Music Assessments Should Not Be Associated With The Mentality Of, Just Generating A Grade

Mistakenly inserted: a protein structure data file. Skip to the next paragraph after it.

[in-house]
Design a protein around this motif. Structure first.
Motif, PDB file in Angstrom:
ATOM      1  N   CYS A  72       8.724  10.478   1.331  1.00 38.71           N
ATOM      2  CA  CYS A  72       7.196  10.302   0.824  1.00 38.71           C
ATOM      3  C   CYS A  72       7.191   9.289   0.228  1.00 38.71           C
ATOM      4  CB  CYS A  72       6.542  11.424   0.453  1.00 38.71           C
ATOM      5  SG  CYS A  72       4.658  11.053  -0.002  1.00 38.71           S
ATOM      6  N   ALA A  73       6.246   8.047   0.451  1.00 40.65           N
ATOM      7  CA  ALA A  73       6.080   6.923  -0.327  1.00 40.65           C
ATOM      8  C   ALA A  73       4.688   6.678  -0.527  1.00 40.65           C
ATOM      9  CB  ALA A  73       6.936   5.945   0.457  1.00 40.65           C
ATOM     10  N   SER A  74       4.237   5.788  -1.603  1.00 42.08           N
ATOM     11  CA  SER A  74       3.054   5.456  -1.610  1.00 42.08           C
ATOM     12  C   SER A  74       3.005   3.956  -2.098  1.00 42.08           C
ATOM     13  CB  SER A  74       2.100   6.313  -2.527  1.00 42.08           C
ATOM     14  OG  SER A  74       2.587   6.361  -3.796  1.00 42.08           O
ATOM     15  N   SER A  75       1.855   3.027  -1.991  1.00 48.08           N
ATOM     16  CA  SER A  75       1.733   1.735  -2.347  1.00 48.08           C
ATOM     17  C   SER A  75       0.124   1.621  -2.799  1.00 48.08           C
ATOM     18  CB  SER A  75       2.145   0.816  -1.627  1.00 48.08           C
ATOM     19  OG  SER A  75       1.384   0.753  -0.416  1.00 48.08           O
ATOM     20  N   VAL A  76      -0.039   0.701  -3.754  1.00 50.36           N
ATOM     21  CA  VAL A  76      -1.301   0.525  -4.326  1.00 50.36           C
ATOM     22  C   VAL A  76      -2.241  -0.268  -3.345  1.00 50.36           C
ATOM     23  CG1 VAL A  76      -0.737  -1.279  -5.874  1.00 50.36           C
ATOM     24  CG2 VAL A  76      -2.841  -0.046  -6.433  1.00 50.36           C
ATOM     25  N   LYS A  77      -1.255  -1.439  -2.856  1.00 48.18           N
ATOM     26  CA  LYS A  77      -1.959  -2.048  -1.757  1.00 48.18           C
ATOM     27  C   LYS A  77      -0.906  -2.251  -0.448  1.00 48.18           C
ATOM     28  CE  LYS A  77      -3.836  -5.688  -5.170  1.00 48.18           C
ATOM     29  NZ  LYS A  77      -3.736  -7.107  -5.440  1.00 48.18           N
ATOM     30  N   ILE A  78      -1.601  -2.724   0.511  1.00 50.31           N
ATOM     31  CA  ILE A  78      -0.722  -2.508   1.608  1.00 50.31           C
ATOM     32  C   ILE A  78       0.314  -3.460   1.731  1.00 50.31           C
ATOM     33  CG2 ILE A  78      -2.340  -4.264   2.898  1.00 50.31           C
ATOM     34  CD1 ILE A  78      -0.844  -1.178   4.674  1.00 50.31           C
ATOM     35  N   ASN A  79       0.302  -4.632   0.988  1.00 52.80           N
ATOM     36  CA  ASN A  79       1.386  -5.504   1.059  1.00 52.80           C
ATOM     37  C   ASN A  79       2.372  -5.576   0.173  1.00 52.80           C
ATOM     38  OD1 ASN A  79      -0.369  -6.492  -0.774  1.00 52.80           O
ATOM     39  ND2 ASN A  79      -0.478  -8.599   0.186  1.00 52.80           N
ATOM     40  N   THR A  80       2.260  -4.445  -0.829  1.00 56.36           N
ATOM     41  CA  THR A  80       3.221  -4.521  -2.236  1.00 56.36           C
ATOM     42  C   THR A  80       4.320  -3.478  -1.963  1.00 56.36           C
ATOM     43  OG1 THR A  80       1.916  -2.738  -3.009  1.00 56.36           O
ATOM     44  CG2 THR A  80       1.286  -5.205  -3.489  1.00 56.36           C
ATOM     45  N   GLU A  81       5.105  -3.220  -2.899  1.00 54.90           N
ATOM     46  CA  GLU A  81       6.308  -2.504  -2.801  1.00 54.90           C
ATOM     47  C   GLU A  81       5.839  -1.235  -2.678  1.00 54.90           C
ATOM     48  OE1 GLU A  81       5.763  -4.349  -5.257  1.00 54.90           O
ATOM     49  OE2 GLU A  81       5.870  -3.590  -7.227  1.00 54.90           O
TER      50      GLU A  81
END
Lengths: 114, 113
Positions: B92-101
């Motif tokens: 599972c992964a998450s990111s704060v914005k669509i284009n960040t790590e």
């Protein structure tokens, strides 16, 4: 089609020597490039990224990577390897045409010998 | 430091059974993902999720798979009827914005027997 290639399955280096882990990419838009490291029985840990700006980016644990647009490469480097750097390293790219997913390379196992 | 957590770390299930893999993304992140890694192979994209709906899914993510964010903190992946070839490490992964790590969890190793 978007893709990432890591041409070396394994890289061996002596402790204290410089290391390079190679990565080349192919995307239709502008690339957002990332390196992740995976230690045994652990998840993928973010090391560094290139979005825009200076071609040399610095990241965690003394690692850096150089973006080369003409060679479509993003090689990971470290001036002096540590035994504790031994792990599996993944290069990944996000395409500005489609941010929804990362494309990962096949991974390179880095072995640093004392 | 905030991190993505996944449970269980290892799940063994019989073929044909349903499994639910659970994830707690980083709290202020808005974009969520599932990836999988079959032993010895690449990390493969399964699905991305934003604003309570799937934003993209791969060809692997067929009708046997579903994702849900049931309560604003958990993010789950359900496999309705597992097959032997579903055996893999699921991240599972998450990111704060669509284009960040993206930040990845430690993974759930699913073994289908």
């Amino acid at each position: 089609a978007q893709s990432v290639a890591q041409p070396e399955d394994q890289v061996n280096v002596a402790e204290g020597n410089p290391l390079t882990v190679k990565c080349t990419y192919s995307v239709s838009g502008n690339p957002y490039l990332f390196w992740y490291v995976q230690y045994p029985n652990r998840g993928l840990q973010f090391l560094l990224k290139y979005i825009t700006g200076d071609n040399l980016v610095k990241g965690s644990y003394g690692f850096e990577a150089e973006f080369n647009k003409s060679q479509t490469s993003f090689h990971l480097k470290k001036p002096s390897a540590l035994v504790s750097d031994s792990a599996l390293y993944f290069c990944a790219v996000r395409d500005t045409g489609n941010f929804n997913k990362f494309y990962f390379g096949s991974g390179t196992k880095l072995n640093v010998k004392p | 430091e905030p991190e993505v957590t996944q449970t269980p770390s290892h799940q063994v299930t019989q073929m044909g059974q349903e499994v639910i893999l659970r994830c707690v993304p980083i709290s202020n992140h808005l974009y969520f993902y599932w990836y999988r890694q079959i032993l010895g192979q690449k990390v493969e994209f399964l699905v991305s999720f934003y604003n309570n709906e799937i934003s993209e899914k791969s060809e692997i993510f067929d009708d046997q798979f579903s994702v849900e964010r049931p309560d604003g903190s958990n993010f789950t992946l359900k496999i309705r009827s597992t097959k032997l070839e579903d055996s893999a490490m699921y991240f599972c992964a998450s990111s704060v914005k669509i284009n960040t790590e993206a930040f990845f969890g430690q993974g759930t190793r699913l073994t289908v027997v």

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Purpose Music assessments should not be associated with the mentality of, just generating a grade, or, to pass the teaching evaluation. Music assessments should be the commitment of providing feedback for students, and for teachers, in order to achieve and grasp a higher standard of learning. According to Wesolowski (2015), it is said those who “track students progress can make a difference in the learning and your teaching” (p. 39). To help achieve this mentality, do not solely weigh grades on non-achievable standards such as attendance and class participation, but focus on performance based, or achievable aspects instead. In a study done by Joshua Russell and James Austin (2015), it was found that sixty percent of teachers who grade on these standards of non-achievable quality have inflated grades, with three quarters of students receiving an A and less than ten students receiving a C or lower (Russell and Austin, 2015, p. 48-49). Instead of using this inflated policy, focus on grading the “valid indicators of achievement” (p. 53) for the student’s performance, which was taken from Pellegrino, Conway, & Russell’s article (2015). These valid indicators point toward the student’s use of tempo, dynamics, phrasing, and other musical abilities. Importance of Goals Teaching effectively incorporates planned and well thought out goals. It is said in an article by Hale and Green (2009), “teachers are most effective when they have clear learning goals in mind and implement

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